Wooden tongue

Wooden tongue is an infectious bacterial disease commonly referred to as "action". This disease has the potential to be fatal but treatments are available if detected early. This disease is most commonly seen in cattle.


Actinobacillus lignieresi

Other names

  • Actinobacillosis

Similar species



Affected animals

  • cattle

Clinical signs

Wooden tongue is seen mainly in soft tissues, but can occur in bony tissue on rare occasions. It is characterised mainly by inflammation of the tongue, which will become hard, swollen, and painful. Nodules and ulcers are often observed. The onset of the disease is usually quite rapid. The animal drools from the mouth and often is unable to eat or drink, causing rapid loss of condition.

How it is spread

The organism generally enters the body through cuts and abrasions in the mouth. The eruption of teeth is thought to play an important role. Altering grazing management to try to reduce exposure of cattle to coarse or prickly feed helps reduce the prevalence of this condition.

Monitoring and action

In most cases, a person can diagnose this disease by closely inspecting the animal. The laboratory confirms the diagnosis by examining microscopic smears or culturing the organism.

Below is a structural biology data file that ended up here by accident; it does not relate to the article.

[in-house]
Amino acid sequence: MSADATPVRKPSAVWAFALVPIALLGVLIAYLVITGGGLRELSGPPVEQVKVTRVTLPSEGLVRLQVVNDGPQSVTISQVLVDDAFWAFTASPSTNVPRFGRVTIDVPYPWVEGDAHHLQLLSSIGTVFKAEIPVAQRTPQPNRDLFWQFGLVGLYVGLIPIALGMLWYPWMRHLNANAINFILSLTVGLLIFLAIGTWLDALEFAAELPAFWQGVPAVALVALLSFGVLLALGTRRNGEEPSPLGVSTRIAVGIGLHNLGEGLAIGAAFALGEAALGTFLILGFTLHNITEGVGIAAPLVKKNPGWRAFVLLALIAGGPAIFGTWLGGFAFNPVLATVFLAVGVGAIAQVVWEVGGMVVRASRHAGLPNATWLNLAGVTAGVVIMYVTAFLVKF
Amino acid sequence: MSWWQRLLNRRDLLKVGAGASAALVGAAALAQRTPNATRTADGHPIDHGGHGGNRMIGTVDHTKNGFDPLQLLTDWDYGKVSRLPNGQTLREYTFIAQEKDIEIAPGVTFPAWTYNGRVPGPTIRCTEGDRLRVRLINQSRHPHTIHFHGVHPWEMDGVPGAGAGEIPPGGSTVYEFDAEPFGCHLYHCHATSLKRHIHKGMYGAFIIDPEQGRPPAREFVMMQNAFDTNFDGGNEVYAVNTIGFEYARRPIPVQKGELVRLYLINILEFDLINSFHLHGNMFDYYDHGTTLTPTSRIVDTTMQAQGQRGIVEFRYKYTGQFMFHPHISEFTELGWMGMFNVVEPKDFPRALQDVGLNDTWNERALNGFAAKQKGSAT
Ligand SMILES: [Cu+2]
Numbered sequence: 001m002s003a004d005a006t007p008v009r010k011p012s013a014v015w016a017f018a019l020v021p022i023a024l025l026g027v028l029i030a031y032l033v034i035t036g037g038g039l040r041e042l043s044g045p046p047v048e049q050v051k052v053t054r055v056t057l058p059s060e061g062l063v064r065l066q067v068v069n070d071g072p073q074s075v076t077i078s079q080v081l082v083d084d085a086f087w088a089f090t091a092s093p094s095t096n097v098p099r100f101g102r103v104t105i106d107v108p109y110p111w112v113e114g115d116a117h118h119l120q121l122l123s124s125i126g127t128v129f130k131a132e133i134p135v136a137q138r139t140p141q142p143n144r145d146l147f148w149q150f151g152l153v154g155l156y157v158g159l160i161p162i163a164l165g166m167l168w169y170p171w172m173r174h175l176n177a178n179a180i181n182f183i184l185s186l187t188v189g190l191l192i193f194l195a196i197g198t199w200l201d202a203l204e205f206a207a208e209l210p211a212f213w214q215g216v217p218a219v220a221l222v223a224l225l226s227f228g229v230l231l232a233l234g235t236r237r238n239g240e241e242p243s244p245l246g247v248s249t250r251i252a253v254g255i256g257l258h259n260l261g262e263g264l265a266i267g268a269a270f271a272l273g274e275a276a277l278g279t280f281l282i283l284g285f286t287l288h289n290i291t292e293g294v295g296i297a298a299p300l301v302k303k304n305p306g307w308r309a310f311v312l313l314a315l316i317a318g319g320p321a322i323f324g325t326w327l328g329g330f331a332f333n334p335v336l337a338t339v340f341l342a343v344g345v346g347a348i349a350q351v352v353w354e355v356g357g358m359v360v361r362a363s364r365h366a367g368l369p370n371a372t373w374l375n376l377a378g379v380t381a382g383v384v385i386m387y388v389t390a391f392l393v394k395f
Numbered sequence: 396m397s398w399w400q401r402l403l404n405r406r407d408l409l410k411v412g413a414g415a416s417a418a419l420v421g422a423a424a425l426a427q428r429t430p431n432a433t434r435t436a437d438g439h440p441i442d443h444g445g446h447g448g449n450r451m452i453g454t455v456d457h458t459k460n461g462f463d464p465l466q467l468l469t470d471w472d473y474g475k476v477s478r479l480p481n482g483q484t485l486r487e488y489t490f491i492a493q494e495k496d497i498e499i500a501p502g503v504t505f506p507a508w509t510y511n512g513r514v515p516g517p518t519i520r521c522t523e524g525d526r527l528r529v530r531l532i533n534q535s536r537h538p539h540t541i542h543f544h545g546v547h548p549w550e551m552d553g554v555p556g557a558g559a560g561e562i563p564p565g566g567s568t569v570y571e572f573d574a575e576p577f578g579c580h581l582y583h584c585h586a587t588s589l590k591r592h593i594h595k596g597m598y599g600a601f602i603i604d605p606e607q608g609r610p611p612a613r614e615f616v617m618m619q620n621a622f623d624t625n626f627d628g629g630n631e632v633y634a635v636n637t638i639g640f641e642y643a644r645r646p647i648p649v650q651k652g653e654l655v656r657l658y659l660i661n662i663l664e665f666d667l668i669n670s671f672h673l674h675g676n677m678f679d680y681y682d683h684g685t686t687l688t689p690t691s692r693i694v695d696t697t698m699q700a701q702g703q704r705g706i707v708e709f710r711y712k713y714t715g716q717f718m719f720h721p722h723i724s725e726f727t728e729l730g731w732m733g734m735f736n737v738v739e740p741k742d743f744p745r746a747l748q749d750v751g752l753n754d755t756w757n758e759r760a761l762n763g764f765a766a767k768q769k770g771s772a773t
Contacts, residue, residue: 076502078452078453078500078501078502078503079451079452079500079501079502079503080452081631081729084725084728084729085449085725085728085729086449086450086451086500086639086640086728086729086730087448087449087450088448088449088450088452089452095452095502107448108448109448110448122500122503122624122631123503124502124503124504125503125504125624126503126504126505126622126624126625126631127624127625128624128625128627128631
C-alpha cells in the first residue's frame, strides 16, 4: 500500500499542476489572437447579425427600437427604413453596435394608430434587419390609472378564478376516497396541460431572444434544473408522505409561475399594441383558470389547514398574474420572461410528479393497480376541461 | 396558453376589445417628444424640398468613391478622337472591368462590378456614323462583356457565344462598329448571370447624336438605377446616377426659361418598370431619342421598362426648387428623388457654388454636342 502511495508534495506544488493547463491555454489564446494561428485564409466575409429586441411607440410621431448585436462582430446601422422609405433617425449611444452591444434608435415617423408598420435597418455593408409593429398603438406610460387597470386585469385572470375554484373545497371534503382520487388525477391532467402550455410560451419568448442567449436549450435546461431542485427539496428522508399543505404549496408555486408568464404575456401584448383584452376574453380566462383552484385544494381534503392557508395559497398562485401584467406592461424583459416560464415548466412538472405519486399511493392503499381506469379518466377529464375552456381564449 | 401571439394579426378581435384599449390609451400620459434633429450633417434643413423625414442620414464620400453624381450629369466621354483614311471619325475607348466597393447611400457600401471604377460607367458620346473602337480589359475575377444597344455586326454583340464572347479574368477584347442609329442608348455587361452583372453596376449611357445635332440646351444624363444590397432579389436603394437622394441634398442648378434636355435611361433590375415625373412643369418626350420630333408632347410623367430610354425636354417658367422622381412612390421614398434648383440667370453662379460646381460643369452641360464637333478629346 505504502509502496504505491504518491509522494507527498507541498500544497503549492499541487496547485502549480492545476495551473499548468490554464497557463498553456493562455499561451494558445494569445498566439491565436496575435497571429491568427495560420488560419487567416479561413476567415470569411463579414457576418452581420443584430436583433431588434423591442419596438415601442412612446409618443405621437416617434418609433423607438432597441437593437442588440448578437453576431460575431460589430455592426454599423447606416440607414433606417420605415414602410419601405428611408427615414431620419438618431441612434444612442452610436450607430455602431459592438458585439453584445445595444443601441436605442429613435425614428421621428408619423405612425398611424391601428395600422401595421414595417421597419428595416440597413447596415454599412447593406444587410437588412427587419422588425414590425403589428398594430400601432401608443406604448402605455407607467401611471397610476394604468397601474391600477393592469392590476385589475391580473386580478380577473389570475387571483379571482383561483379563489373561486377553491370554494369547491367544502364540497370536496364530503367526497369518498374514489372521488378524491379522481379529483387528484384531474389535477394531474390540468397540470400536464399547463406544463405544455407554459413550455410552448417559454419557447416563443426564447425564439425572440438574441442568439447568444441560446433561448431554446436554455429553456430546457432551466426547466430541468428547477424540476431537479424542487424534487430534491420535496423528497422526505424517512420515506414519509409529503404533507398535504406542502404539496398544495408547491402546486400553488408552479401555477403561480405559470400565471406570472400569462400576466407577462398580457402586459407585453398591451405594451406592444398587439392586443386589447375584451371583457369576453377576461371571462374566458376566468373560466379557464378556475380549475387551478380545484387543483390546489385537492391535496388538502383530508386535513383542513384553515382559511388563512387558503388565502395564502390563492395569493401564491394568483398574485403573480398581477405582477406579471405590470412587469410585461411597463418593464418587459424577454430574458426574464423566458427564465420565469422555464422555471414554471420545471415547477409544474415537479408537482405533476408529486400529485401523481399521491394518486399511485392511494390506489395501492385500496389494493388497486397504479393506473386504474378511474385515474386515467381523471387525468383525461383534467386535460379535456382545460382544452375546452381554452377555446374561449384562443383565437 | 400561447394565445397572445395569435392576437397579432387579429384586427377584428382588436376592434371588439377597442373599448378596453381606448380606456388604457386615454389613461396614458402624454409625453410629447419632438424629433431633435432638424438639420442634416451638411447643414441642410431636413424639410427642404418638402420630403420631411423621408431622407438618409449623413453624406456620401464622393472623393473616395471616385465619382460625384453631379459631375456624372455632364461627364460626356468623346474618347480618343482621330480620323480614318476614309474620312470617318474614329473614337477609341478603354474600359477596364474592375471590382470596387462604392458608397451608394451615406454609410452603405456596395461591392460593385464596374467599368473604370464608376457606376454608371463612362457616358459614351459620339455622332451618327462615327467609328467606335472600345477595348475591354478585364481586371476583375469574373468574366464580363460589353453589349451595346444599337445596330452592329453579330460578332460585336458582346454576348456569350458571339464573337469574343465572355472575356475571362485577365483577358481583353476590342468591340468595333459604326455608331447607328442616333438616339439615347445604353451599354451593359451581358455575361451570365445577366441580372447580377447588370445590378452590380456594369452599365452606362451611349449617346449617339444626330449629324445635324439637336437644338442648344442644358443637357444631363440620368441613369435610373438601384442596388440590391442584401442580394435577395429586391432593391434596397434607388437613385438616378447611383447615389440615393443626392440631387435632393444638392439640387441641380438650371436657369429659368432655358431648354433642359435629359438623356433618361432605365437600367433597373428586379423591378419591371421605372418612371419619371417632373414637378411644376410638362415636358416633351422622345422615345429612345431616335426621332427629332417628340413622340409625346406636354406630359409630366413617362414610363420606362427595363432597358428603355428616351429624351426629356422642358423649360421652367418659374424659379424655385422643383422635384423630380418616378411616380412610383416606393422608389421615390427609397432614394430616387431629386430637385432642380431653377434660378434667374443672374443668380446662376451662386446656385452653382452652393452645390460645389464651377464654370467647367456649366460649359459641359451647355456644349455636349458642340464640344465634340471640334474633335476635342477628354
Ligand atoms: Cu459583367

Cattle with actino lesions that are large and discharging should be destroyed on the property, not sent to saleyards or meatworks.


Early treatment of wooden tongue is usually successful, but advanced cases may fail to respond. The most effective treatment, if given early, is iodine therapy. The earlier you instigate the treatment, the more likely it is to be successful. A veterinarian is the best person to give the initial dose of sodium iodide.

Early detection and salvage slaughter of an actino animal prevents the development of an advanced case, which would constitute an animal welfare offence by the animal's owner or property manager under the Animal Care and Protection Act 2001.